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Hidden evils of Java’s boolean array (boolean[])

Posted by Prashant Deva on February 2, 2012

Consider this piece of code which allocates a boolean array of 100,00:

boolean[] array = new boolean[100000];

What should the size of this array be?

Considering that a boolean can just be either true or false, every element in the array only needs a single bit of space each. Thus, the size of our boolean array in bytes should be:

 

100,000/8 + (overhead of array object) = 12,500 bytes + (overhead of array object)

But there lies the hidden evil….

The Evil Inside

As it turns out, when you allocate a boolean array, Java uses an entire byte for each element in the boolean array!

Thus the size of the boolean array is in fact:

100,000 bytes + (overhead of array object)

Remedy

So is there any way not to use the 7 extra bytes when you only need the 1 bit? Its here that the java.util.BitSet class comes to rescue.

The BitSet class does indeed use a single bit to represent a true/false boolean value. Its implementation uses an array of ‘long’ values, where each bit of the long value can be individually manipulated to set any position in the entire BitSet to true or false.

The BitSet implementation does add a bit of cpu overhead since it has to shift and or bits together to set the value of the bit in the correct position. Thus you need to weigh the cost of memory savings versus the extra cpu overhead when using this class.

Benchmark

As an example, here is a screenshot from the YourKit profiler, showing the memory used by a boolean array and a bitset object, both 100000 element long:

Benchmark

As can be be seen:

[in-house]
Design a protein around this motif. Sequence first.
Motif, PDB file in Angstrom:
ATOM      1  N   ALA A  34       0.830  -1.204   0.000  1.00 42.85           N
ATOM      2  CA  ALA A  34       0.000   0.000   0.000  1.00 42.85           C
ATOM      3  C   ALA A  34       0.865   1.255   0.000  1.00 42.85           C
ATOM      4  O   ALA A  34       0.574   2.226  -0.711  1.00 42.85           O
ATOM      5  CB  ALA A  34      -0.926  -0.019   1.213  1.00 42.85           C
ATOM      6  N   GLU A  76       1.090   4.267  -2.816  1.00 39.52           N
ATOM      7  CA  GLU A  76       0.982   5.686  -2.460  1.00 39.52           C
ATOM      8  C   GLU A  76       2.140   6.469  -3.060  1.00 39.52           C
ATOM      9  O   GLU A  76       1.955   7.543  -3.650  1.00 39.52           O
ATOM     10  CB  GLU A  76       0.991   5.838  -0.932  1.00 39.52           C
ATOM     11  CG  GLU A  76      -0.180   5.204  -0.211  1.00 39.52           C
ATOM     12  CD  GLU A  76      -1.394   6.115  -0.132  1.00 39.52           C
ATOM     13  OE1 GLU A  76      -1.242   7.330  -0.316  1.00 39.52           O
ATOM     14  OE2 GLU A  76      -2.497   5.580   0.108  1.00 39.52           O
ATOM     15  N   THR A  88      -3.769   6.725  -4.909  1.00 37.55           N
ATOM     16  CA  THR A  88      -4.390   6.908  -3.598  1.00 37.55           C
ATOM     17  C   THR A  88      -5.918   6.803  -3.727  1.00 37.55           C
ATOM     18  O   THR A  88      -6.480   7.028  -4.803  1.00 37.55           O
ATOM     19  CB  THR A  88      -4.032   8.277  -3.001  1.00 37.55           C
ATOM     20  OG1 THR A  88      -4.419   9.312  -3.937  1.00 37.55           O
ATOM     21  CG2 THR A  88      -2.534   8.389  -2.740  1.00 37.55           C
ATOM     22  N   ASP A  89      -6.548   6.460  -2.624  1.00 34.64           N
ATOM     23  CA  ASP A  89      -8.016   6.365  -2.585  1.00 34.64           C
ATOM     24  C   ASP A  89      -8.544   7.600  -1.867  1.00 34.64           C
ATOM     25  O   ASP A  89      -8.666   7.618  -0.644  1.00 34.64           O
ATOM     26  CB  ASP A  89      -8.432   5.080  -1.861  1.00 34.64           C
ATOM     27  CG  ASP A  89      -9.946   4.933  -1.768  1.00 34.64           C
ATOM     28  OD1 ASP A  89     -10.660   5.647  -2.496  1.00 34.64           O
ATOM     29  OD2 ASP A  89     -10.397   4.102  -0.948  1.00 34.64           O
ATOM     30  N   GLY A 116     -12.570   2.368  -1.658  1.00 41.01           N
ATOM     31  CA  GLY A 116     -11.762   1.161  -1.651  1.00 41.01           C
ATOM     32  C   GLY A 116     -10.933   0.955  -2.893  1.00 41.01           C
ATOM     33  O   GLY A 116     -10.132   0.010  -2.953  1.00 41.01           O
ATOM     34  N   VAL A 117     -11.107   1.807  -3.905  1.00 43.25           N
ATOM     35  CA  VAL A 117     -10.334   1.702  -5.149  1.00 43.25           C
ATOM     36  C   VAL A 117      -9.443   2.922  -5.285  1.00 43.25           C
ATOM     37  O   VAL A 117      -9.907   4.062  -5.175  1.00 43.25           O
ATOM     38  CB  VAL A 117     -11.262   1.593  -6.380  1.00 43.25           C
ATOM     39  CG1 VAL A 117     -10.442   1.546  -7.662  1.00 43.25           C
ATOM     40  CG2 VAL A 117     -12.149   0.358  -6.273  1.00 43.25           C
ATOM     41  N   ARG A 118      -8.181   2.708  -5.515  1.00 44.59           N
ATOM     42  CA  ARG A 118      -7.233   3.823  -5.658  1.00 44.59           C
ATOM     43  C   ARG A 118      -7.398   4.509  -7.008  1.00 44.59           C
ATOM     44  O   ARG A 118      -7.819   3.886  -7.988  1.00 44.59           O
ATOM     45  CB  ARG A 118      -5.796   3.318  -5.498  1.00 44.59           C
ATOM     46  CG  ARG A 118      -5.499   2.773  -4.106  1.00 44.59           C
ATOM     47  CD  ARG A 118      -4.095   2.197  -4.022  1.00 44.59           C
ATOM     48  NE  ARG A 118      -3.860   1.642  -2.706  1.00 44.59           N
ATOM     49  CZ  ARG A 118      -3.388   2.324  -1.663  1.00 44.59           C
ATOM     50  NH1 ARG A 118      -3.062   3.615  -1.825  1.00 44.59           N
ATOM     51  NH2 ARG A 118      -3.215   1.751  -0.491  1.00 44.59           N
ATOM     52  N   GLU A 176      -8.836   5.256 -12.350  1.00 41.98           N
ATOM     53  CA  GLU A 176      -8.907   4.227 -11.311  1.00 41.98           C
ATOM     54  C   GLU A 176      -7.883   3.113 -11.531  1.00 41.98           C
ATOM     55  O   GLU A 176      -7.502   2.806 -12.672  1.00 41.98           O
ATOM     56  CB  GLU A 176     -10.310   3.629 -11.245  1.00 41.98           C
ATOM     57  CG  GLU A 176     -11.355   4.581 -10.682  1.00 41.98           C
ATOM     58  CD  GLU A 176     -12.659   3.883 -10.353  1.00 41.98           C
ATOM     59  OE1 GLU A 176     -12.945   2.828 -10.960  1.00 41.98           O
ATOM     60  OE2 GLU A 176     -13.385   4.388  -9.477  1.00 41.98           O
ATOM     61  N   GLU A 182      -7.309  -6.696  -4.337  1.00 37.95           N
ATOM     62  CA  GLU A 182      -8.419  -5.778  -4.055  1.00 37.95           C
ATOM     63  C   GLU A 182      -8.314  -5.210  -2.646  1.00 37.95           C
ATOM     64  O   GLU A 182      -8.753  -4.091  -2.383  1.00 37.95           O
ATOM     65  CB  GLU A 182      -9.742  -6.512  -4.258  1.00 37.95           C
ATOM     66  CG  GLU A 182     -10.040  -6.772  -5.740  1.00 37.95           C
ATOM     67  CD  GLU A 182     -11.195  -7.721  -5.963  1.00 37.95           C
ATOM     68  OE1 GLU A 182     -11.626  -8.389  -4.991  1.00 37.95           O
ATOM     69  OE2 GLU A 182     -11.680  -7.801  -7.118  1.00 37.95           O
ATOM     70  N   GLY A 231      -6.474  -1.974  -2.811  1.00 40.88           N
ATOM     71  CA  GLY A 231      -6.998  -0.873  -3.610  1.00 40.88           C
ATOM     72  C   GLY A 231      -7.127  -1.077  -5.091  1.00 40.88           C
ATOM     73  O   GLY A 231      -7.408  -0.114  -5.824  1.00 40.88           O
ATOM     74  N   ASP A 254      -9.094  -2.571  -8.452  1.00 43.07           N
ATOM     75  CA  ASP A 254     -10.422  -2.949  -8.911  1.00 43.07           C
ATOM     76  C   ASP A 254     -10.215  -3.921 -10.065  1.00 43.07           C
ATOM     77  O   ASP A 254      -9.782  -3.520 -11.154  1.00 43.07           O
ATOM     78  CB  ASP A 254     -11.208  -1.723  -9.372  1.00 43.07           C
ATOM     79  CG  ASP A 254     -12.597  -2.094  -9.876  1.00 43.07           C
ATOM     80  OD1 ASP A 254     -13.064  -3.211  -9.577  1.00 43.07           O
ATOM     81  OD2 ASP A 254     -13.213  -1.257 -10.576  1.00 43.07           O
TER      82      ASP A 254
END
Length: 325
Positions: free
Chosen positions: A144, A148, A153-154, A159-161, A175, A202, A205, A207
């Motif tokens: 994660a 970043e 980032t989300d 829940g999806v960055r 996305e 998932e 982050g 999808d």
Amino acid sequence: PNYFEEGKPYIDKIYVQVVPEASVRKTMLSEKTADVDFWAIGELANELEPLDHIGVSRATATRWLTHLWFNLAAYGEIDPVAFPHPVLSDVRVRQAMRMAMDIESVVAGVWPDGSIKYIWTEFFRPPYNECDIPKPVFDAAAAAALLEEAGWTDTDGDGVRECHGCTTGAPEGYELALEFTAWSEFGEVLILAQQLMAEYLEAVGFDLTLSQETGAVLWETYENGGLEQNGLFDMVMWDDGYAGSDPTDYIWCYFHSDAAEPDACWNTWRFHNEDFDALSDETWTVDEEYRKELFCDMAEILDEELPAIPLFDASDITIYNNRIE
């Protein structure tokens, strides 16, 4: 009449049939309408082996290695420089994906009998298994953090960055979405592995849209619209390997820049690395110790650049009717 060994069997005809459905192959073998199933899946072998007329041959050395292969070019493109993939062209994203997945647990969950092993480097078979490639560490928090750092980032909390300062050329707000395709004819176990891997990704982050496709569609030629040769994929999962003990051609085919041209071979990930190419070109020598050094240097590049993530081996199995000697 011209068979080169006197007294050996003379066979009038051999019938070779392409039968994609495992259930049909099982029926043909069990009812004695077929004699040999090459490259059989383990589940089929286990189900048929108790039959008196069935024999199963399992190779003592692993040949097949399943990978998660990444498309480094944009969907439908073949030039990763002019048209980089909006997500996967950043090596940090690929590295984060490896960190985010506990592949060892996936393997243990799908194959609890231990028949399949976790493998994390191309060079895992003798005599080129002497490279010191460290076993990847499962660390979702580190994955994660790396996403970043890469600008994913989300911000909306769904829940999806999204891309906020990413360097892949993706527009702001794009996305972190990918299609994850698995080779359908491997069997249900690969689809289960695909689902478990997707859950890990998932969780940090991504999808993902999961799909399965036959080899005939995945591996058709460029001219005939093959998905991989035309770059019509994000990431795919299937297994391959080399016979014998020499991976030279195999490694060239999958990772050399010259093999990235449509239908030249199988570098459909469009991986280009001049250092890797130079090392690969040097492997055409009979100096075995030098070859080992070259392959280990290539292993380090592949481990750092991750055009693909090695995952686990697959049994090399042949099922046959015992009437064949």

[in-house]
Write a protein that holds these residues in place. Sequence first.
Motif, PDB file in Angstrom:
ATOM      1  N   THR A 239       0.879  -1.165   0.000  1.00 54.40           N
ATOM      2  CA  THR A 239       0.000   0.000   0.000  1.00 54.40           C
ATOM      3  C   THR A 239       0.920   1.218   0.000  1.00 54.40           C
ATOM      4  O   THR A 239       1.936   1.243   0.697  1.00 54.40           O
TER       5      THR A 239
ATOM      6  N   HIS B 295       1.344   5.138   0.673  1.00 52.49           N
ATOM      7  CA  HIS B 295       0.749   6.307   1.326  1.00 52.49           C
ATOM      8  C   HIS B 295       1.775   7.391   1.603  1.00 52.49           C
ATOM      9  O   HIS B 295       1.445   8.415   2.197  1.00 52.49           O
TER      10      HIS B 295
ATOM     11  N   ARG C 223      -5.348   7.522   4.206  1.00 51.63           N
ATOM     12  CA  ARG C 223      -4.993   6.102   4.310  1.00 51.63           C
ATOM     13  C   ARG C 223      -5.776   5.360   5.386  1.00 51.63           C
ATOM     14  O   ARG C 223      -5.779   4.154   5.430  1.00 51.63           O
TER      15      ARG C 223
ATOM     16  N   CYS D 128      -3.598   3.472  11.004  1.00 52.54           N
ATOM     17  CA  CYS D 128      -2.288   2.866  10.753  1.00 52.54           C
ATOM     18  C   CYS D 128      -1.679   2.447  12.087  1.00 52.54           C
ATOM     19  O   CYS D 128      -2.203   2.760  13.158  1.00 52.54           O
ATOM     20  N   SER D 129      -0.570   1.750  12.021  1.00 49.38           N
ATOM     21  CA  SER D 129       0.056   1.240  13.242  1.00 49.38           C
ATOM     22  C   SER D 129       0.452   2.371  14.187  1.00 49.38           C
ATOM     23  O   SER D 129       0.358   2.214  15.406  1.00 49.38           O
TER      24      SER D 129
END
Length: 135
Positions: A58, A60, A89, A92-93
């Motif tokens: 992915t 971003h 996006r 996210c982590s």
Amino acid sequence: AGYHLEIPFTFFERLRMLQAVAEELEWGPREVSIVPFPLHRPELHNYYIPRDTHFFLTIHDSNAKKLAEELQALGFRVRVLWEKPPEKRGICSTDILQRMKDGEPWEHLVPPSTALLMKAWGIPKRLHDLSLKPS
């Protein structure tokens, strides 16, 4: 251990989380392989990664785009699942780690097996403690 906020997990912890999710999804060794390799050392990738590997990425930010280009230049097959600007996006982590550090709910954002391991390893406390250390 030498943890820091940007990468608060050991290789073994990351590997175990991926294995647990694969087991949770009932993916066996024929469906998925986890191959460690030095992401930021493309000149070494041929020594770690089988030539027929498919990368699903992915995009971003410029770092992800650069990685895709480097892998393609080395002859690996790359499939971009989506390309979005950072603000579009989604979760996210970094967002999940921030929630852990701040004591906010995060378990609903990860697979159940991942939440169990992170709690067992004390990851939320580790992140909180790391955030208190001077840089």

The boolean array takes:
100,000 + 16 (array overhead) = 100,016 bytes

The BitSet object only takes :

 

100,000 / 64 (size of long) = 1562.5 = 1563 long values after rounding
1563*8 + 16 (array overhead) = 12, 520 bytes

A few extra bytes are added for the BitSet object itself and the extra 2 fields that it contains.

To put things in perspective, here is a graph showing the space occupied by both for 100,000 elements:

Size-graph

Conclusion

As can be seen from the graph above, using the BitSet instead of a boolean[] can save you tons of memory at the cost of just a few extra cpu cycles

Tagged 7 Comments |

7 thoughts on “Hidden evils of Java’s boolean array (boolean[])

  1. Yeah, how many boolean[100000] do you have in your code? Or even, how many of boolean[] at all ?It’s nice to know, but i think it;s useless knowledge.

  2. konradkg: we use it tons in Chronon to save on memory usage. I can imagine tons of compute intensive programs which would benefit from the memory savings. Wouter: Actually in the case of a boolean array, the jvm only has the BALOAD and BASTORE instructions which load and store a byte. There is no array instruction to load/store a value < a byte.

  3. I think it would be interesting to make some perfomance benchmarks, comparing usual array and bitset operations: copy, search, get and the like.Quite often we face a compromise between speed and memory usage.

  4. These is nothing java specific here, cpp also uses a byte per boolean. Still good to keep in mind though when creating boolean arrays.

  5. I wouldn’t call 100KB "tons of memory". Calling it "The Evil Inside" sounds a tad too dramatic!

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